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Home » Update 11th July 2023

Update 11th July 2023

A lot has happened at Calan over the last 6-months, since our last update.

Perhaps the biggest news is that Kaylee, the farm dog and Alan’s loyal companion passed away. It is suspected that one of the horses has inadvertently stepped on, or otherwise come into fatal contact with Kaylee. A humbling reminder of the need to always be mindful of working with and moving around horses, even when you do it every day. Kaylee has been sent off and a memorial has been erected to keep her memory and contribution to Calan alive.

Here are some words from Jaz for Kaylee.


Started her working life after arriving at Calan horse Sanctuary in Nov 2014 at 5 months old , she had been the runt of her litter and the last pup to be wanting a home so Alan picked her up , fortunately she liked horse’s. As her skills came naturally following Alan’s routine with the early morning feeds around the 22 stables Kaylee quickly learnt who was to go where moving them along if not at their right gate , her satisfaction was obvious too which earnt her the title of Supervisor.

As number one supporter to Alan at the sanctuary she also kept her eager eyes on the alpaca’s & sheep, also the cats being feed and whoever else came & went … barking the alert / welcome.

Unexpectedly this morning at the stables she laid down and was unable to stand up again a vet was called but shortly afterwards Kaylee quietly & quickly passed away aged 8.5 years old.

Tragic loss to Alan and all of her friends with 2 or 4 feet . It’s going to be such a huge difference for all now.


We have well and truly left the dry dead paddocks behind making space for lush green forage for the horses. The herd still have their one head-meal a day but the quantities change to incorporate the abundance of fresh greens. As the days shorten, and the sun rises later, feeding time moves with it and the horses adapt along with it.

As humans, it is hard to imagine that anything happens without our clock-time but a horse’s sense of time comes from the sky. The movement of feeding time is less for our benefit of feeding in the light but more so because the horses come to recognise dawn as feeding time. A phenomenon that changes throughout the year as you well know. For the most part, our own schedules and routines adhere, religiously, to clock-time irrespective of the seasons and the movement of celestial bodies. Calan, though, doesn’t run on clock-time, it runs on horse-time.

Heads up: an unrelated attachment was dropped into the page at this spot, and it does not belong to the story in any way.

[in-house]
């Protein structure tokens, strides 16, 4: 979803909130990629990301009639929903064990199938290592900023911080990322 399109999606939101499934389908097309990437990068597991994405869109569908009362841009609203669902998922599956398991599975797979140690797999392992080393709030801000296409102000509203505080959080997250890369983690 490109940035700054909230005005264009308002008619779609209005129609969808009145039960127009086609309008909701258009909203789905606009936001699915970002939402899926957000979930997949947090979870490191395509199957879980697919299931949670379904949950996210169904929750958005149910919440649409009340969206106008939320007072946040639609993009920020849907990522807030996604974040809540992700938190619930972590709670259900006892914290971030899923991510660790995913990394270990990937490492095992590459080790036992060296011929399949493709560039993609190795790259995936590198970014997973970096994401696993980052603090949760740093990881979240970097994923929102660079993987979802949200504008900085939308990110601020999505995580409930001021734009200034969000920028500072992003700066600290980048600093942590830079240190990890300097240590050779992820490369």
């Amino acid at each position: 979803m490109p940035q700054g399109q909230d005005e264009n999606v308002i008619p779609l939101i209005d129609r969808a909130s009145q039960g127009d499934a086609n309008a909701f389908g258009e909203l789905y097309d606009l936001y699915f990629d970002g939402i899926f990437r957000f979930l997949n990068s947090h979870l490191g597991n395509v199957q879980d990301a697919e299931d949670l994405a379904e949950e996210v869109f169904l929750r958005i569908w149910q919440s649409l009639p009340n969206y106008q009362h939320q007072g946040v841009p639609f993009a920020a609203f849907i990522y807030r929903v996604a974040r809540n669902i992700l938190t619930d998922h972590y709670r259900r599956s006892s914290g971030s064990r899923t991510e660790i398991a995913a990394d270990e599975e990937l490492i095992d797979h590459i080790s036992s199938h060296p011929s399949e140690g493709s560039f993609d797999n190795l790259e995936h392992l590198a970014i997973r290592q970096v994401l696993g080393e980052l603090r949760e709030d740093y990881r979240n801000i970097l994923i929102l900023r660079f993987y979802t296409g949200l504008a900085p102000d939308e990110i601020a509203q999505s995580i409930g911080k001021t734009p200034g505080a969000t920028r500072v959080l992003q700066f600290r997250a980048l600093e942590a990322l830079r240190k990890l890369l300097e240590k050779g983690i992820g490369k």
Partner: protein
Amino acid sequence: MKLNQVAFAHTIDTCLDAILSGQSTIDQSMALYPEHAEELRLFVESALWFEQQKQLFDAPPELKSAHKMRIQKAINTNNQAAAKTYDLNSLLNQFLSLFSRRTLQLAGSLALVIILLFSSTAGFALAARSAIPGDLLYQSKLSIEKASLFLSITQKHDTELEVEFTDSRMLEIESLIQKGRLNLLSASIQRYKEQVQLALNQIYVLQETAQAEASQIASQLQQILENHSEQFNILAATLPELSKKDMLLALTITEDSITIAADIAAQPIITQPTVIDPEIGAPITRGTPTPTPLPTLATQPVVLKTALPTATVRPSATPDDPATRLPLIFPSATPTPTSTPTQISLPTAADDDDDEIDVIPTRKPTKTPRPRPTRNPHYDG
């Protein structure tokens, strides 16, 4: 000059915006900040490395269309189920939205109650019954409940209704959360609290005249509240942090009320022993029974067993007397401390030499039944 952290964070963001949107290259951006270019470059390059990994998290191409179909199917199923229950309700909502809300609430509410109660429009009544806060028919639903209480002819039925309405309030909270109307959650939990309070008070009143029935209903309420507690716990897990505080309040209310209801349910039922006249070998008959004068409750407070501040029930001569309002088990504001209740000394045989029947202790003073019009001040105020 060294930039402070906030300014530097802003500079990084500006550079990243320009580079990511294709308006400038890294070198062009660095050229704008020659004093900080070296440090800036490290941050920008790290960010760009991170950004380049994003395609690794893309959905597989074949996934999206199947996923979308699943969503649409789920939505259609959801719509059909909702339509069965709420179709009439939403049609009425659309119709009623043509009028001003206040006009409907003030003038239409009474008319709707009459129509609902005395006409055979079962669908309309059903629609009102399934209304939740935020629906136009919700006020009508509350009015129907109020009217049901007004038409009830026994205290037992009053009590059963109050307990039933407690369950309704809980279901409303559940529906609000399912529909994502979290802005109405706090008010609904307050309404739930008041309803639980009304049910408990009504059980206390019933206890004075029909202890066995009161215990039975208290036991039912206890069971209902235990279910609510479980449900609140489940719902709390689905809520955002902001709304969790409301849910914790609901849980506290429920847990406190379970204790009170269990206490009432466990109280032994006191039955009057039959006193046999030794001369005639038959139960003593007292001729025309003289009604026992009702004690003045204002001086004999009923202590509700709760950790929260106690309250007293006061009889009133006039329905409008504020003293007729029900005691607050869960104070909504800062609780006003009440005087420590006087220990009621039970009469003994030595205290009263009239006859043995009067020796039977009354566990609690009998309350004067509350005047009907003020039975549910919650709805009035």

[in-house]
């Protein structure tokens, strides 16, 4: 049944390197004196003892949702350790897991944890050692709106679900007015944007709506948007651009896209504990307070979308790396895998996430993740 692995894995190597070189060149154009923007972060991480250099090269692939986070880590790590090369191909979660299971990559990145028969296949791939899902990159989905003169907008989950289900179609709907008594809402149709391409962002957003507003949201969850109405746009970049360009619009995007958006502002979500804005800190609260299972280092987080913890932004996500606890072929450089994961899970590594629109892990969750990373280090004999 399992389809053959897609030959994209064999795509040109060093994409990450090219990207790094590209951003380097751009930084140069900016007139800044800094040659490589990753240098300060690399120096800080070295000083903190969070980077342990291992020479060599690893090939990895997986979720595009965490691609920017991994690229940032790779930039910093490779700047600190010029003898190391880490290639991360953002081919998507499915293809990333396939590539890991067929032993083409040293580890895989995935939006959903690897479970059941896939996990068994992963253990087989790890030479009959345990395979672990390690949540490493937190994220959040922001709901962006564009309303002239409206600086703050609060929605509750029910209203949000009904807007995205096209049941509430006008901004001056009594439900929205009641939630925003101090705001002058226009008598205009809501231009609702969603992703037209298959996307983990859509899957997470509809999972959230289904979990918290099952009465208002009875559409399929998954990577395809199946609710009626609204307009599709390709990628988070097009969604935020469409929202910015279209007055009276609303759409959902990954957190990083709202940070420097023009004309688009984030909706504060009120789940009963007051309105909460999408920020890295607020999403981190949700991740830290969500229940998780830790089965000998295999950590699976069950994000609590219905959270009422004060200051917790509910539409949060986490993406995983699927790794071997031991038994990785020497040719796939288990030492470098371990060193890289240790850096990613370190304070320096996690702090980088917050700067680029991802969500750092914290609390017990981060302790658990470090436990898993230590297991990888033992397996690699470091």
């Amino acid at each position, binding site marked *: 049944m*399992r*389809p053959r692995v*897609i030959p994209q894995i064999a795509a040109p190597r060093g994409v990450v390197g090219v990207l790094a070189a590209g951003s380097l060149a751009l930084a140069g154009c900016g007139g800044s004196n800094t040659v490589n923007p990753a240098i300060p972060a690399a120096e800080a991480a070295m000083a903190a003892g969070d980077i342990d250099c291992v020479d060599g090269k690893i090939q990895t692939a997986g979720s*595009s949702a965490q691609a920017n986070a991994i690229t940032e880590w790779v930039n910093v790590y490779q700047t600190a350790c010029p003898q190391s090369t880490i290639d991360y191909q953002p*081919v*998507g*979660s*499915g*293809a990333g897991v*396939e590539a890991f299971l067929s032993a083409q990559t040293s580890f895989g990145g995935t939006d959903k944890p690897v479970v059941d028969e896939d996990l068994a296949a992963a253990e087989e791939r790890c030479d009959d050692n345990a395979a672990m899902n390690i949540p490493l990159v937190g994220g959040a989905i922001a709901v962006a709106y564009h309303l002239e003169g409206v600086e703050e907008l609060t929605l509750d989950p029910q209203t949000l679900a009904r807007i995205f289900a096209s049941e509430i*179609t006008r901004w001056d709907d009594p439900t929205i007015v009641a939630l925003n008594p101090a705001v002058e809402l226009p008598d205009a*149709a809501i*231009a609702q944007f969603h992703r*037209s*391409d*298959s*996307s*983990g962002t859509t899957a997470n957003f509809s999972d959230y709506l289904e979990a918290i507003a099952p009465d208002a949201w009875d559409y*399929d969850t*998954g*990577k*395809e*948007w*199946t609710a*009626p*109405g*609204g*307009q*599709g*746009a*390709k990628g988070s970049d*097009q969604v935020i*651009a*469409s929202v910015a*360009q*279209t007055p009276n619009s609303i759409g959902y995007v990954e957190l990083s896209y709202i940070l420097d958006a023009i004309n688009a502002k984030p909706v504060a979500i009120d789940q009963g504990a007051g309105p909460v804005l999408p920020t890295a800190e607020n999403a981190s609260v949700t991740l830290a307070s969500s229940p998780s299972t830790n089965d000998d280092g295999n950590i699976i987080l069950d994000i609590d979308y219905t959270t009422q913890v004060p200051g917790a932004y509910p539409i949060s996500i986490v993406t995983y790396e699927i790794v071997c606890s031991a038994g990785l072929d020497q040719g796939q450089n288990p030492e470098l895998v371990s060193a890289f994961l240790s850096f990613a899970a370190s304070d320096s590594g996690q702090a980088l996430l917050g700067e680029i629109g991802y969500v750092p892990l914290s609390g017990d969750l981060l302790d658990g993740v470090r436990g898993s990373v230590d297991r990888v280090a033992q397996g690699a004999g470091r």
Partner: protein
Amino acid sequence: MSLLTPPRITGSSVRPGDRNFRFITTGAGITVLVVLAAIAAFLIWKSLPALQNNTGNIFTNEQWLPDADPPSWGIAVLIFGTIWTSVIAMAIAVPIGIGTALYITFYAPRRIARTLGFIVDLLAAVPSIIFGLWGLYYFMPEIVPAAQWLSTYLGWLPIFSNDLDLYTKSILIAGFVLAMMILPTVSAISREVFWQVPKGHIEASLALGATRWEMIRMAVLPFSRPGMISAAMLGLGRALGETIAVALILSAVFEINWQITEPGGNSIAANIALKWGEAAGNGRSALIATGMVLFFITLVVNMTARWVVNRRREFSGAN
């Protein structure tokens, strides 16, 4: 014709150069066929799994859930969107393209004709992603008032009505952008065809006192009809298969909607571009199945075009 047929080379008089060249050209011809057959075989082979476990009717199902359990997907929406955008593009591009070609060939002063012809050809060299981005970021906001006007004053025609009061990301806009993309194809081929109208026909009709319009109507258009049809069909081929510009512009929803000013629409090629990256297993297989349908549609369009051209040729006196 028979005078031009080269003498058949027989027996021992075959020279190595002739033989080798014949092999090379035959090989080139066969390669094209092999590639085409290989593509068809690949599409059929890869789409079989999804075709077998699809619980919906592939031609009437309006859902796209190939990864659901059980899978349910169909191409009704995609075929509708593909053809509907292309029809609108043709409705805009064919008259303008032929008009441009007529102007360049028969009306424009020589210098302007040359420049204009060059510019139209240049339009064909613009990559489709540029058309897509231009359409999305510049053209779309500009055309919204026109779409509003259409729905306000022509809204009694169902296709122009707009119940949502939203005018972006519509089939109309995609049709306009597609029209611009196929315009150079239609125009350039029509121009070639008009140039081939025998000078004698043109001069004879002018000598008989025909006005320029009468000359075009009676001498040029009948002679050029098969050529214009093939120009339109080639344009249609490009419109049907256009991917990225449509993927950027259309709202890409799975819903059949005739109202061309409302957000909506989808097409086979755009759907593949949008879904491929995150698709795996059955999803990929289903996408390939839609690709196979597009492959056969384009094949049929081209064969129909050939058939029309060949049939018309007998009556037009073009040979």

Overall the herd is in good health with nothing major to report on the health-front. Lakota had a suspected abscess which was treated by Alan with twice-daily magnesium-salt bath for the affected hoof. After a few days the abscess appeared to move on and Lakota as back to her usual self.

The crucial task of hoof trimming continues at Calan on a 6-week cycle. Having never trimmed a hoof prior to, approximately, this time last year, I have learnt a lot over the past year. Nothing beats the hands-on experience and being able to absorb everything that Alan has learnt as well as drawing on the expertise of practitioners from around the world. Hoof health is crucial for the overall health of the horse and I am determined to continue my education to ensure I can provide this much needed care for the horses at Calan and elsewhere as needed.

A massive shoutout is well deserved by the team at Oakford Stockfeeds for always looking after Calan. Every fortnight, Alan orders a load of feed for the horses making sure that the feed room is well-stocked with everything they need to keep them healthy. Oakford Stockfeeds is a crucial part of Calan Horse Sanctuary and we are all immensely grateful for their support. Each visit, Calan spends $500-$800 on feed to keep the herd well fed and in good shape.

We purchased two new rugs for $300 to replace some that were beyond repair. The new rugs from Caribu are for Lakota and Devon to help keep them warm and dry through the cooler months. Lakota and Devon are both quite old so they require a bit of extra help with protection from the elements. Devon in particular is one of the oldest at Calan and, despite thoroughly enjoying every last morsel of his specially prepared meals, struggles to put on weight. The rug helps to provide that layer of protection that a healthy layer of fat and muscle may otherwise provide to a younger horse.

We have turned Go Fund Me back on, realising the importance and the need for your generous donations and support. Providing these majestic beings with a forever home does have its costs and we wouldn’t be able to continue to provide such incredible care for these horses without your support and the auspicing support of Bridging Communities.

I’ll sign off with a welcome to Calan for Kaylan. A 12-month old suspected Dingo-cross that Alan has brought home from Narrogin pound. This little guy is full of beans and enthusiasm for his new life and is keeping Alan on his toes. Kaylan has already been introduced to the herd and appears to be accepted, at the very least tolerated. As time goes by I have no doubt he will become a loyal and crucial part of Calan that will provide Alan with an extra set of eyes and ears when needed.

James McDonald, on behalf of Alan Gent and Calan Horse Sanctuary.

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